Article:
The one thing you all should (hopefully) share is a passion for teaching and learning. So when you do get time together as a team, try and spend as much time as possible with this as your focus.

    It can be tempting to get involved in data analysis, or setting or bogged down with admin that the school throws at you, but much of this can be done through email or at other times.
  6. Manage the contradictions 
    Being a department leader can sometimes feel like a contradiction. You have to support your team in getting the best outcomes, but you have to hold them to account for the outcomes as well.

    You have to ensure you help the school meets targets and at the same time try and take as much of the pressure of targets off of your team so they can focus on teaching and learning. You have to provide what your staff need to do their jobs, but you have to ensure you balance the budget.

    Recognise that these are not contradictions, but they are your power. You can help find the barriers to the outcomes and help solve them. You can manage the pressure that your staff feel so that it ensures they are properly focused without becoming overwhelming. You can work with your teams to ensure the best materials are provided and that all staff in your team use them effectively.
  7. Develop and maintain your professional network 
    Not a week goes by when I don’t have a professional conversation with someone outside my school. There will always be times when you need to run ideas or discuss thorny issues with a peer that is not invested in your institution.

    Having a strong professional network, be it through attending organised meetings, working with people online or just having friends in other schools you can meet in the pub (and preferably all three) can be crucial in developing your ideas.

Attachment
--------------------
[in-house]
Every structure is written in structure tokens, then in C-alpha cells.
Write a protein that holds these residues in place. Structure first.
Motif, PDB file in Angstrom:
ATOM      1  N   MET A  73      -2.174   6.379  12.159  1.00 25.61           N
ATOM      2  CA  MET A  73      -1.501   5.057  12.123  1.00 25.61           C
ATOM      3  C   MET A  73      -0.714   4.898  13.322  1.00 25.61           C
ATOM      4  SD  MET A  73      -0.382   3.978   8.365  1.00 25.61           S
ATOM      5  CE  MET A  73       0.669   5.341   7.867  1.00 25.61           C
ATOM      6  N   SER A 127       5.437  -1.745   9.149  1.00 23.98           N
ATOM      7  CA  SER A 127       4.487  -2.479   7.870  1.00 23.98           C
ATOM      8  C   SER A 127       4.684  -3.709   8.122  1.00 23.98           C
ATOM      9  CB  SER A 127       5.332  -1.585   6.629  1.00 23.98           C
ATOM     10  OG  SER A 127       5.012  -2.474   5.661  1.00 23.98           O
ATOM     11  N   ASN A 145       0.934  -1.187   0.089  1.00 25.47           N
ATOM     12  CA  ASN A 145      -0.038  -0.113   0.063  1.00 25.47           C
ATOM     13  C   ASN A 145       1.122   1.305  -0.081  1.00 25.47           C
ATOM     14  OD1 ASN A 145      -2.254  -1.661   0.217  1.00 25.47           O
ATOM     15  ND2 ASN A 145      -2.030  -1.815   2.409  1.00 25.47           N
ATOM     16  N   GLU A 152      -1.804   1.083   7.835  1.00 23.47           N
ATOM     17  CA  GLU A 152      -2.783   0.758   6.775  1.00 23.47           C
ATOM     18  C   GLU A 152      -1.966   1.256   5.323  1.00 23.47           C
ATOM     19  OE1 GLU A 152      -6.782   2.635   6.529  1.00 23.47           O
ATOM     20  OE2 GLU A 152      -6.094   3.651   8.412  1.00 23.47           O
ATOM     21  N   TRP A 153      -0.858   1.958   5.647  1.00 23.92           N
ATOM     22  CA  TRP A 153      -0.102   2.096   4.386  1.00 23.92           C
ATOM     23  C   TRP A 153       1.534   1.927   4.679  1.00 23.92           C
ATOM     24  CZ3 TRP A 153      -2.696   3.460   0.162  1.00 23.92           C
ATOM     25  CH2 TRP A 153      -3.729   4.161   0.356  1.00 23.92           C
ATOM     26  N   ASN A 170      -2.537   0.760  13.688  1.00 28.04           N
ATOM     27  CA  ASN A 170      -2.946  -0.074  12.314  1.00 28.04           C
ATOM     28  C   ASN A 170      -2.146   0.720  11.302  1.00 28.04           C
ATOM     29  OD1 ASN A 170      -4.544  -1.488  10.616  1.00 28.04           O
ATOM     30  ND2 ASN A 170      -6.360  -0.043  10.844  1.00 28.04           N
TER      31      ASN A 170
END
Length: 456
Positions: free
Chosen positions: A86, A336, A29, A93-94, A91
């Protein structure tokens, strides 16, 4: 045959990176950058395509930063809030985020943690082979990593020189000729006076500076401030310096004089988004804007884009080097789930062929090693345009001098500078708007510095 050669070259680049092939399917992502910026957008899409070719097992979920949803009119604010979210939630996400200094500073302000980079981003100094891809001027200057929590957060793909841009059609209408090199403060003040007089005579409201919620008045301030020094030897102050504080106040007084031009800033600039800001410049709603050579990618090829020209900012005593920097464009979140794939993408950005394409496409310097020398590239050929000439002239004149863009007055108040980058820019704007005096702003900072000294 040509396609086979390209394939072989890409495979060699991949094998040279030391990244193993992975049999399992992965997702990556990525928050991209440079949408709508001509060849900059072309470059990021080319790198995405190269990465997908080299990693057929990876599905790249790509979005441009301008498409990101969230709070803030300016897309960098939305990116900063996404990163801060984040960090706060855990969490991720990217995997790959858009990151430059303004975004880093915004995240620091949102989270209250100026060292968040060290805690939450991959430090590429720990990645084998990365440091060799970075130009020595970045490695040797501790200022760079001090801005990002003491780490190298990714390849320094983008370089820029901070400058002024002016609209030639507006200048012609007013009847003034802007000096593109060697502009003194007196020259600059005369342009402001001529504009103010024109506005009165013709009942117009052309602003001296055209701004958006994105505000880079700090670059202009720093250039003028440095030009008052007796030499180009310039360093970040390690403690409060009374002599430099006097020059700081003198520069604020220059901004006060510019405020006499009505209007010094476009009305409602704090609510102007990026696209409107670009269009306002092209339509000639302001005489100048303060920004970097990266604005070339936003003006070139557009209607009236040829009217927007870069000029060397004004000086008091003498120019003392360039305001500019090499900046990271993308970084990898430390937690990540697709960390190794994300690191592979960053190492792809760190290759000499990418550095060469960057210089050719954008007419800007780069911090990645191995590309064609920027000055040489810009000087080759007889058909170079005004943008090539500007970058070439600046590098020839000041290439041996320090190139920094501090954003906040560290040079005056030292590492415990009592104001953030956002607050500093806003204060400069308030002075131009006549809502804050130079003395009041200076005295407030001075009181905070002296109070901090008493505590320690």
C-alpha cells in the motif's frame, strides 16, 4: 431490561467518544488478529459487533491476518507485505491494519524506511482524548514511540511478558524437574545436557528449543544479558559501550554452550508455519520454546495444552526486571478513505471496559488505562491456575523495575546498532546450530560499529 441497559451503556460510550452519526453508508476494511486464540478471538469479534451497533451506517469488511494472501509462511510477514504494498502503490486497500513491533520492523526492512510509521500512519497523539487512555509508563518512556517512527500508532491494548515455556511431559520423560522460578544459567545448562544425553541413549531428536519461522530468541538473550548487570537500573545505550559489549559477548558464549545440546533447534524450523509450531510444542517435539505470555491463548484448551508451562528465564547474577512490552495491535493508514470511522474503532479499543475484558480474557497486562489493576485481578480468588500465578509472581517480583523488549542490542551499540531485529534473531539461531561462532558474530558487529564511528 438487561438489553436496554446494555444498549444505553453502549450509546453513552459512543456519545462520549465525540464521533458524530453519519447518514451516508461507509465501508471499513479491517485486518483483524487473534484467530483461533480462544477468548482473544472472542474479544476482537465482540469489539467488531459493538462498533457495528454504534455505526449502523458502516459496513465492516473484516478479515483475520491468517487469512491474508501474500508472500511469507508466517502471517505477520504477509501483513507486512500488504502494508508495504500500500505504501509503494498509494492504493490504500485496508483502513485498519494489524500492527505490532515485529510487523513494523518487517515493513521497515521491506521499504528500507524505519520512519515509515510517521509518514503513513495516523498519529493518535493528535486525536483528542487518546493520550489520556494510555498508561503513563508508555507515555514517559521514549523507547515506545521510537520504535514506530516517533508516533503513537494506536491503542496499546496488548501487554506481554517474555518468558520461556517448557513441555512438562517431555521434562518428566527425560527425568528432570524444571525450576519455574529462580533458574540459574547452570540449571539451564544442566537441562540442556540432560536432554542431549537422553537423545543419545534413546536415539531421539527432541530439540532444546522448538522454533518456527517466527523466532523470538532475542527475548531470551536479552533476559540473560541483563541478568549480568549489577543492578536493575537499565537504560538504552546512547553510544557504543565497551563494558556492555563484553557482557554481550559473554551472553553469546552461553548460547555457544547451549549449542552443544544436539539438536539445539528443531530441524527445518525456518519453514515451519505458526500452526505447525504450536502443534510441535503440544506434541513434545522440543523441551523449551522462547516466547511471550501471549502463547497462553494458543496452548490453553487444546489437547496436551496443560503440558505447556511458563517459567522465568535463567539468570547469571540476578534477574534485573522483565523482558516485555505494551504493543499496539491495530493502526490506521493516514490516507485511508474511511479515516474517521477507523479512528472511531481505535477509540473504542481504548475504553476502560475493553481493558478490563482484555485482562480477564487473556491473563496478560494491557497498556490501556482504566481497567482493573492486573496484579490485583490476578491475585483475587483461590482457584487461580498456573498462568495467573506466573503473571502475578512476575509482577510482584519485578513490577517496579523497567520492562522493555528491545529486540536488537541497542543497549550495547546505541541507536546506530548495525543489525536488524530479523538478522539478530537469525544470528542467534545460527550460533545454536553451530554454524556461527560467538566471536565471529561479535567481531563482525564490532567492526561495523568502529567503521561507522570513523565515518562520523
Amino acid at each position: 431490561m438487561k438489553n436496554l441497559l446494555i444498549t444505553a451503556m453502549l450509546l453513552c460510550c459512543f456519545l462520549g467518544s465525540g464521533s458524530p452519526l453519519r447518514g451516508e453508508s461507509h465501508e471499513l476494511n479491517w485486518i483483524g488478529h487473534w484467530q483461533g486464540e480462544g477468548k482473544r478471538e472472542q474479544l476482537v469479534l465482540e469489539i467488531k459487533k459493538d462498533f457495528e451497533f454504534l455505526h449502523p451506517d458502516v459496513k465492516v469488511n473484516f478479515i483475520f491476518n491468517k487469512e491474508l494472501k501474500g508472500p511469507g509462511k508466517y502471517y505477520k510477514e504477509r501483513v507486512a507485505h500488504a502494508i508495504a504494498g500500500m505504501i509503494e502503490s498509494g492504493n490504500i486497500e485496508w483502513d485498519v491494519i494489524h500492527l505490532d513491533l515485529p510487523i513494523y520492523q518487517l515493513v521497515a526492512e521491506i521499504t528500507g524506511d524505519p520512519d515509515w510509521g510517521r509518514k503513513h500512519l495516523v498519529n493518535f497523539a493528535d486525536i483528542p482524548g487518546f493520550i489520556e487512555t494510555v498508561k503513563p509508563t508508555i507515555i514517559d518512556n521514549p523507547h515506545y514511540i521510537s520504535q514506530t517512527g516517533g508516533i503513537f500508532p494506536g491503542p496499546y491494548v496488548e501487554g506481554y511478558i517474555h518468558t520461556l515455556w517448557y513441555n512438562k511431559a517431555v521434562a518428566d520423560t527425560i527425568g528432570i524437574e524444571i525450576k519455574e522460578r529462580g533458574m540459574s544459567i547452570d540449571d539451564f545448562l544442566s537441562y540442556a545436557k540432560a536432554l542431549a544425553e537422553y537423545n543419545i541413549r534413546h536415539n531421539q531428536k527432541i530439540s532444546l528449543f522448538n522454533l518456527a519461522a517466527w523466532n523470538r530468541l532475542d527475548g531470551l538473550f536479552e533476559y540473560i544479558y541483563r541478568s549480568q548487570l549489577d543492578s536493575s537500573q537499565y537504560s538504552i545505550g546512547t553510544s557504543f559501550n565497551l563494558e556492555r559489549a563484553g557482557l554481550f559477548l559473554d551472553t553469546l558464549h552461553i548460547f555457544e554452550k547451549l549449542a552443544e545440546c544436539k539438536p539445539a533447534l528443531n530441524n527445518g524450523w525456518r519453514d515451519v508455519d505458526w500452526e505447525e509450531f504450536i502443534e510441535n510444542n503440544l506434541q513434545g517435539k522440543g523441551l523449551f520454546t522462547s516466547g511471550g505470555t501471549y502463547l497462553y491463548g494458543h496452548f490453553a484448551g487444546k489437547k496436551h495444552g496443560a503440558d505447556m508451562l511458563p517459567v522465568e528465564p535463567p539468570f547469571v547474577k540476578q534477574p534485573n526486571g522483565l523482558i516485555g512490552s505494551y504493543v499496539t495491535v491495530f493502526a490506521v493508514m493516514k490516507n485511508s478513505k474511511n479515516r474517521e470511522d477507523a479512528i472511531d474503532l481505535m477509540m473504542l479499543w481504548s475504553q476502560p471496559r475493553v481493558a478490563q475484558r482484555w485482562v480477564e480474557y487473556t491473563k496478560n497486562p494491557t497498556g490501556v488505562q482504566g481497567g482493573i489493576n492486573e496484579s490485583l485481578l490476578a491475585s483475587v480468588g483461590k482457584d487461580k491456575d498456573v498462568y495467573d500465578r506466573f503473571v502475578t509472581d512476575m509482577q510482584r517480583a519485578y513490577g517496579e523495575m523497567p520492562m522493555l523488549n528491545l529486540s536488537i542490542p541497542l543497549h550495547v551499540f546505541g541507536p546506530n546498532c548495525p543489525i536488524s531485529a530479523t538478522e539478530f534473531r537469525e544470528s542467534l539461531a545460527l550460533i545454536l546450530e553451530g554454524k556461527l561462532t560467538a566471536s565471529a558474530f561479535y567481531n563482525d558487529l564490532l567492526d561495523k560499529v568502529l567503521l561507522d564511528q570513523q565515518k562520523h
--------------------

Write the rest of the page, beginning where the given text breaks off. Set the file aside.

8. Get staff working together 
    A lot of people talk about vision and communicating it. One of the most cringeworthy moments of my early career is getting my first team together and going through a full presentation of my vision for the department.

    By all means have a vision, and by all means share it, but make it something that people want to get behind. If possible develop that vision with your staff, or communicate it through the way you work with your team rather than through some corporate style presentation.
  9. Don’t be scared to delegate
    It took me a while to realise that people didn’t want me to solve all of the problems for them, and I would be a lot more effective if I didn’t try.

    It doesn’t have to be delegating roles with labels (literacy rep, ICT rep, G&T rep et al) sometimes it is just about not taking a job from someone when they bring you an idea or problem, and giving them the power and tools to tackle it themselves.
  10. Always acknowledge and reply 
    A lot of the communication these days is not face-to-face, emails in particular dominate most of it. I try to never leave a communication unanswered, even if it is just a response to acknowledge and thank them for the work they have done or say I will respond at a later time. Remembering to say thanks for all work done is important, and being consistent with it is equally important (no different to the kids in that aspect).

Peter Mattock is director of maths and numeracy at Brockington College in Leicestershire